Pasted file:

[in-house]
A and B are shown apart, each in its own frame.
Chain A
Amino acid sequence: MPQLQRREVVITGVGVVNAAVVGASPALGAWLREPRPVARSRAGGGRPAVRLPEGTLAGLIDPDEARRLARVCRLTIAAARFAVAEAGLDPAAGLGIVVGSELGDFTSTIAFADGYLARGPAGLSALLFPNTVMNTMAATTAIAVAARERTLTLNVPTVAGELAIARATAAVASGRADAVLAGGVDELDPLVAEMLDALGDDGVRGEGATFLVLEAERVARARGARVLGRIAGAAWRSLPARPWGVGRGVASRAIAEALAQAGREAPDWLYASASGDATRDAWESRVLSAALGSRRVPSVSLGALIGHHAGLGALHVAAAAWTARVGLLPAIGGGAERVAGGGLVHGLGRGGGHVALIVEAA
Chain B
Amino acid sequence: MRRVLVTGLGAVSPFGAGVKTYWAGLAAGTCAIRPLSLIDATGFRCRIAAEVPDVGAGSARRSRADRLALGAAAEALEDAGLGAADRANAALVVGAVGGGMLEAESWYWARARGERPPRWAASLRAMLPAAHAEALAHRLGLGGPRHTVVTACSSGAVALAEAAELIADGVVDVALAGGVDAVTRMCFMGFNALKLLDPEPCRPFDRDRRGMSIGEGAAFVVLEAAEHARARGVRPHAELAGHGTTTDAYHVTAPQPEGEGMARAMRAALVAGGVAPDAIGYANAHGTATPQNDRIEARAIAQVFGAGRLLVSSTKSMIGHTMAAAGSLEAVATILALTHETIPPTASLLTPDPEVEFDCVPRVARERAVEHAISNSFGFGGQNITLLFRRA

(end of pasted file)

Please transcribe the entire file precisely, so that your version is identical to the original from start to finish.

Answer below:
[in-house]
A and B are shown apart, each in its own frame.
Chain A
Amino acid sequence: MPQLQRREVVITGVGVVNAAVVGASPALGAWLREPRPVARSRAGGGRPAVRLPEGTLAGLIDPDEARRLARVCRLTIAAARFAVAEAGLDPAAGLGIVVGSELGDFTSTIAFADGYLARGPAGLSALLFPNTVMNTMAATTAIAVAARERTLTLNVPTVAGELAIARATAAVASGRADAVLAGGVDELDPLVAEMLDALGDDGVRGEGATFLVLEAERVARARGARVLGRIAGAAWRSLPARPWGVGRGVASRAIAEALAQAGREAPDWLYASASGDATRDAWESRVLSAALGSRRVPSVSLGALIGHHAGLGALHVAAAAWTARVGLLPAIGGGAERVAGGGLVHGLGRGGGHVALIVEAA
Chain B
Amino acid sequence: MRRVLVTGLGAVSPFGAGVKTYWAGLAAGTCAIRPLSLIDATGFRCRIAAEVPDVGAGSARRSRADRLALGAAAEALEDAGLGAADRANAALVVGAVGGGMLEAESWYWARARGERPPRWAASLRAMLPAAHAEALAHRLGLGGPRHTVVTACSSGAVALAEAAELIADGVVDVALAGGVDAVTRMCFMGFNALKLLDPEPCRPFDRDRRGMSIGEGAAFVVLEAAEHARARGVRPHAELAGHGTTTDAYHVTAPQPEGEGMARAMRAALVAGGVAPDAIGYANAHGTATPQNDRIEARAIAQVFGAGRLLVSSTKSMIGHTMAAAGSLEAVATILALTHETIPPTASLLTPDPEVEFDCVPRVARERAVEHAISNSFGFGGQNITLLFRRA